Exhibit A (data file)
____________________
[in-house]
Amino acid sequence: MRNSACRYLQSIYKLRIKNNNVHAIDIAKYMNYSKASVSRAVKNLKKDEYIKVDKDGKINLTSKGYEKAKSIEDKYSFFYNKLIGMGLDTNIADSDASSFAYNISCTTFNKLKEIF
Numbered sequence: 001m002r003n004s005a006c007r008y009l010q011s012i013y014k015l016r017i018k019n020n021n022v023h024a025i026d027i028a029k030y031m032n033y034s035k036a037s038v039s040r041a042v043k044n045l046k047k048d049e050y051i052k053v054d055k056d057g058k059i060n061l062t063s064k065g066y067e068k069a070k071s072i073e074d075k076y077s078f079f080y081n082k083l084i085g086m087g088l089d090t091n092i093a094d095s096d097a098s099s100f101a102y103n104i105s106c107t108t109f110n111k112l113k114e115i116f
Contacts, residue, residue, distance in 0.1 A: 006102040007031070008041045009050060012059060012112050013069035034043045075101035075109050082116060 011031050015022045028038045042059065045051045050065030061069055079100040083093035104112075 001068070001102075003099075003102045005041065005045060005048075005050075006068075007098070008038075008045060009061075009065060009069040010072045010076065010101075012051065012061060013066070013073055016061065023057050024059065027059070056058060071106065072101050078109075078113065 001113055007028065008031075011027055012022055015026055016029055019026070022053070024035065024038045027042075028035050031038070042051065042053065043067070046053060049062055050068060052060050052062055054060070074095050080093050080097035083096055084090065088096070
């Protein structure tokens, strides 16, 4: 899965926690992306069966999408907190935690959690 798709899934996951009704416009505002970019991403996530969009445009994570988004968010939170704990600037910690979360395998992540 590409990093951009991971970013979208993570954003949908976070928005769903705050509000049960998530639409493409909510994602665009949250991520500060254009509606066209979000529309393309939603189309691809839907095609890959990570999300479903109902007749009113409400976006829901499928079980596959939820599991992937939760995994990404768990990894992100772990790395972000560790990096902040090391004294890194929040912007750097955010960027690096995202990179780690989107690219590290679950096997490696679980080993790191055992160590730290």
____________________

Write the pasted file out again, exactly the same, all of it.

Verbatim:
[in-house]
Amino acid sequence: MRNSACRYLQSIYKLRIKNNNVHAIDIAKYMNYSKASVSRAVKNLKKDEYIKVDKDGKINLTSKGYEKAKSIEDKYSFFYNKLIGMGLDTNIADSDASSFAYNISCTTFNKLKEIF
Numbered sequence: 001m002r003n004s005a006c007r008y009l010q011s012i013y014k015l016r017i018k019n020n021n022v023h024a025i026d027i028a029k030y031m032n033y034s035k036a037s038v039s040r041a042v043k044n045l046k047k048d049e050y051i052k053v054d055k056d057g058k059i060n061l062t063s064k065g066y067e068k069a070k071s072i073e074d075k076y077s078f079f080y081n082k083l084i085g086m087g088l089d090t091n092i093a094d095s096d097a098s099s100f101a102y103n104i105s106c107t108t109f110n111k112l113k114e115i116f
Contacts, residue, residue, distance in 0.1 A: 006102040007031070008041045009050060012059060012112050013069035034043045075101035075109050082116060 011031050015022045028038045042059065045051045050065030061069055079100040083093035104112075 001068070001102075003099075003102045005041065005045060005048075005050075006068075007098070008038075008045060009061075009065060009069040010072045010076065010101075012051065012061060013066070013073055016061065023057050024059065027059070056058060071106065072101050078109075078113065 001113055007028065008031075011027055012022055015026055016029055019026070022053070024035065024038045027042075028035050031038070042051065042053065043067070046053060049062055050068060052060050052062055054060070074095050080093050080097035083096055084090065088096070
């Protein structure tokens, strides 16, 4: 899965926690992306069966999408907190935690959690 798709899934996951009704416009505002970019991403996530969009445009994570988004968010939170704990600037910690979360395998992540 590409990093951009991971970013979208993570954003949908976070928005769903705050509000049960998530639409493409909510994602665009949250991520500060254009509606066209979000529309393309939603189309691809839907095609890959990570999300479903109902007749009113409400976006829901499928079980596959939820599991992937939760995994990404768990990894992100772990790395972000560790990096902040090391004294890194929040912007750097955010960027690096995202990179780690989107690219590290679950096997490696679980080993790191055992160590730290």